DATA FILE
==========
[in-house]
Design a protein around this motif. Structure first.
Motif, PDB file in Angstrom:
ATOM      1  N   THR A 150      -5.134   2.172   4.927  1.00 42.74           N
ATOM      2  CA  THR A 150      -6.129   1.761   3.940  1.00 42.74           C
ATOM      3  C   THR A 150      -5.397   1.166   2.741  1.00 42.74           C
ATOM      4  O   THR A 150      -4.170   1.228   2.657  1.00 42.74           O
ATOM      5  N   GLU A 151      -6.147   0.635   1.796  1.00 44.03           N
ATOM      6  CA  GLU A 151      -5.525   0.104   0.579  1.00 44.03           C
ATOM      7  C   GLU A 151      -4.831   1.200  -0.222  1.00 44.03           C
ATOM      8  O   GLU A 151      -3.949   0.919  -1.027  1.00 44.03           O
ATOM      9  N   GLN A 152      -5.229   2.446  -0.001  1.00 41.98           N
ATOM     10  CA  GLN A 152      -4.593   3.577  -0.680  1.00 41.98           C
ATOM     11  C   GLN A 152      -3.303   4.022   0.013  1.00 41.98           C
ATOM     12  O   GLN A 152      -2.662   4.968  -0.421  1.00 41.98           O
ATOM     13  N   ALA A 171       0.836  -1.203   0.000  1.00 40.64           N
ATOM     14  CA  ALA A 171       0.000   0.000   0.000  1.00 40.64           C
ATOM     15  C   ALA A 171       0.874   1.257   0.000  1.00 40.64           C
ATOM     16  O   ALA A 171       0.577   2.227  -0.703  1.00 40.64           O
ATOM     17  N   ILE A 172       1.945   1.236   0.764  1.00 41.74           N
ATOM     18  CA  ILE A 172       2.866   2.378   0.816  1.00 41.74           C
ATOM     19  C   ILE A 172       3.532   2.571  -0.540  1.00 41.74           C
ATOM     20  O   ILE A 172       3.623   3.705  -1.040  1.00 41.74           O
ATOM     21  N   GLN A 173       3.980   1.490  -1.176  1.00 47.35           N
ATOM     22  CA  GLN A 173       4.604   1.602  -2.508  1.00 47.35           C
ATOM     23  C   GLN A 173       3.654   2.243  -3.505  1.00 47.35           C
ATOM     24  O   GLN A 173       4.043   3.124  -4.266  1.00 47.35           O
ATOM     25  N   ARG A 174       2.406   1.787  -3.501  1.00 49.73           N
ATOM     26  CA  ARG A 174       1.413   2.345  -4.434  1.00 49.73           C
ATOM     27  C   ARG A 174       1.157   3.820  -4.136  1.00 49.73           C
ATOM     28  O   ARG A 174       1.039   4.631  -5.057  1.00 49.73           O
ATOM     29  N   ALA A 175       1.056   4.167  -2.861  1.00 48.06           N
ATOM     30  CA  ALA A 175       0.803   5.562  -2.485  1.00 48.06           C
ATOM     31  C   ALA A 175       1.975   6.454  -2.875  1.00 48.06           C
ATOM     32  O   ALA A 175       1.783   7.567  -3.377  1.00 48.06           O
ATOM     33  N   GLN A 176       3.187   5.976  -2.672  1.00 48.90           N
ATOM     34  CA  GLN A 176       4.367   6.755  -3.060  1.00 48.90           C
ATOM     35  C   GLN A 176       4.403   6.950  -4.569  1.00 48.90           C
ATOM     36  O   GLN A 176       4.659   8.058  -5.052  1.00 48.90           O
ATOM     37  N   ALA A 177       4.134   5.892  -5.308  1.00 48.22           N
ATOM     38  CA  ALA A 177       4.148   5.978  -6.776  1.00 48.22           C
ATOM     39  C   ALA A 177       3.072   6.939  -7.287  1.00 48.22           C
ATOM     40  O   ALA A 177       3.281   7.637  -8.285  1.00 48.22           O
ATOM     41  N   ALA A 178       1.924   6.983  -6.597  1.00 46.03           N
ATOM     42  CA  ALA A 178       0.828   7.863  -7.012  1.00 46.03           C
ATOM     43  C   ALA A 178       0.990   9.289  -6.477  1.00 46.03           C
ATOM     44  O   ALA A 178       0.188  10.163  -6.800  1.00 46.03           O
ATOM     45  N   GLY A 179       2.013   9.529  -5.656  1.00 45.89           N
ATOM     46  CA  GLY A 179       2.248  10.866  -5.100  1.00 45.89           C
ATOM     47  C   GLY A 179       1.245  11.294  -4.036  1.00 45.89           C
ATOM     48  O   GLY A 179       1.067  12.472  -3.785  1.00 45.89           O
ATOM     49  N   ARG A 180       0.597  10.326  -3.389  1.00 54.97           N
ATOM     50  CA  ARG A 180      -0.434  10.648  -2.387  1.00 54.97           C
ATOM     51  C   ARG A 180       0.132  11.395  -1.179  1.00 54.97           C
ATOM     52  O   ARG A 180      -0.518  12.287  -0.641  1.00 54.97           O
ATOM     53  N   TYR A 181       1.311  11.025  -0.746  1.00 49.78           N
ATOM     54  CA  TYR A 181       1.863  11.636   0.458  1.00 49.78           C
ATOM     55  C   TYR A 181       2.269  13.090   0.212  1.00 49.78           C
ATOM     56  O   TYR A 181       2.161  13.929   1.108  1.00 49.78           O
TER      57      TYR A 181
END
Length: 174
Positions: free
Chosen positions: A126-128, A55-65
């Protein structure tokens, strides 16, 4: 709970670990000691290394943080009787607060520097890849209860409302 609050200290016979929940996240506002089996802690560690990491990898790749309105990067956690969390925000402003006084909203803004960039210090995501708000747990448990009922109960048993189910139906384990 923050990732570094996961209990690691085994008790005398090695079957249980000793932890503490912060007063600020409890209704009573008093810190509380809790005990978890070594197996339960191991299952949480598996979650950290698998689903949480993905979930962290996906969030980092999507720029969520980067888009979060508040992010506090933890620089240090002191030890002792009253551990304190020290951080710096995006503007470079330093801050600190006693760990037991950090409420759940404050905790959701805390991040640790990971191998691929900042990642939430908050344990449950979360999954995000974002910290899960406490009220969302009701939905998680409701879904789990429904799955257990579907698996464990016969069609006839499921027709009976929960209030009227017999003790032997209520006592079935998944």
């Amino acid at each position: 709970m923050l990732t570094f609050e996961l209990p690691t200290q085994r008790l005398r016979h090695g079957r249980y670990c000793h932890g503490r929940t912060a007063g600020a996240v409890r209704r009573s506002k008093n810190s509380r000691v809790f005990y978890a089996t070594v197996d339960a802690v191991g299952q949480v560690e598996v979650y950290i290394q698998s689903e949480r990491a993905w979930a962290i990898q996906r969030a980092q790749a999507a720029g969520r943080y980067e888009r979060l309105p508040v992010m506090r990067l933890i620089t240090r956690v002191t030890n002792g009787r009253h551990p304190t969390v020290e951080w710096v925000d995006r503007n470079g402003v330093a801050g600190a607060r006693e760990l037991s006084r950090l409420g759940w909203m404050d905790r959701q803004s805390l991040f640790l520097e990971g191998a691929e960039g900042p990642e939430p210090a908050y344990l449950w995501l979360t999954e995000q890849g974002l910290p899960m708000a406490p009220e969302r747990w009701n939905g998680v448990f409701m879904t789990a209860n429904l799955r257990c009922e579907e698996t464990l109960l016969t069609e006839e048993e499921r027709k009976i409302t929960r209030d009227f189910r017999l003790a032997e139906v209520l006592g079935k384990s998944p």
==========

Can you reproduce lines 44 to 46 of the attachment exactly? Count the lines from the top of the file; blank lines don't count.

ATOM     41  N   ALA A 178       1.924   6.983  -6.597  1.00 46.03           N
ATOM     42  CA  ALA A 178       0.828   7.863  -7.012  1.00 46.03           C
ATOM     43  C   ALA A 178       0.990   9.289  -6.477  1.00 46.03           C